At the May 2017 ‘Fells & Dales’ meeting, we welcomed a new BACP-accredited member to the group, and discussed the paper on ‘Fragile Process’ by Margaret Warner (2011?) from the Illinois School of Professional Psychology.
We began by considering what we understand ‘fragile process’ to mean, and how prevalent this is amongst our clients – whether aspects of fragile process are frequently displayed, or whether it is a specific phenomenon experienced by relatively few. It was agreed that it is closely related to early attachments and a client’s past experience of being understood (or not). The discussion focussed on what we as therapists are empathising with :- content or process? – what is actually being expressed, or what we sense might be difficult to express? – or what might be felt but for which words have not yet been found? In other words, communicating with that which is fragile. For example, we might empathise with the emotion a client appears to be suppressing, or with the client’s need to suppress it. We also asked ourselves if we give evenly suspended attention to all that a client is experiencing, and the extent to which we are necessarily selective in our responses. It was a salutary lesson to be reminded that clients might not feel properly heard by us, when we pride ourselves on being good listeners! As Margaret Warner says, ‘Clients usually need more than an accepting presence.’ They crave our accurate understanding, and the validation of their experience, to help them to see that they have a right to have it (a recurring theme of Warner’s).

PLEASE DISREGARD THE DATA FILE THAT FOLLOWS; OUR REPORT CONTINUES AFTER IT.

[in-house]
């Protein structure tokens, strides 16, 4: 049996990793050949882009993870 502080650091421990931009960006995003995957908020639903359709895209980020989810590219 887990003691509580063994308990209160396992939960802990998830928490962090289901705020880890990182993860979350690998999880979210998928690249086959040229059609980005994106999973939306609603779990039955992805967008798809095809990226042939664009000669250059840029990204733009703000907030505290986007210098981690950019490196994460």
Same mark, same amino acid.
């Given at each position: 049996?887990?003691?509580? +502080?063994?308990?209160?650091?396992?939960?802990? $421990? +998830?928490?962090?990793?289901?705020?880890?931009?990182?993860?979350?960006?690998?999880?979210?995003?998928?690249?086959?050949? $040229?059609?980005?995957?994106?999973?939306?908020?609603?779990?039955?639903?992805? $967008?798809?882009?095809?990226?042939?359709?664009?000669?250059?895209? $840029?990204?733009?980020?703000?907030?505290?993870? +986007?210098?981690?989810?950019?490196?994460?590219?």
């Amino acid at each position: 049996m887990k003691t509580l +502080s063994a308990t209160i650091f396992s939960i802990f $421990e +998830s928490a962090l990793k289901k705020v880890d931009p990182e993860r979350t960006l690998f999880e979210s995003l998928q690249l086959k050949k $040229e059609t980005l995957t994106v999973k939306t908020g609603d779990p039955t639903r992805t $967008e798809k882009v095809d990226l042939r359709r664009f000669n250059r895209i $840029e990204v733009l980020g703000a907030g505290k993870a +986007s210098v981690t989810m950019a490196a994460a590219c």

One of our members was able to recount first-hand experience of meeting Margaret Warner, describing the very slow, considered pace of her talking (and presumably her way of working with clients), thereby allowing herself time and space to pay meticulously close attention to her client’s moment-by moment experiencing, and an apparent ability to empathise with all of it, and modelling the ‘non-intrusive empathic relationship’ with which she concludes the paper.
As an interesting side-issue, we wondered whether clients might detect a ‘fragile process’ in us, and whether they sense a need to protect us, or to protect themselves from us?
We concluded by reflecting on how fraught a therapist’s task is, and asking ‘Who would do it?’!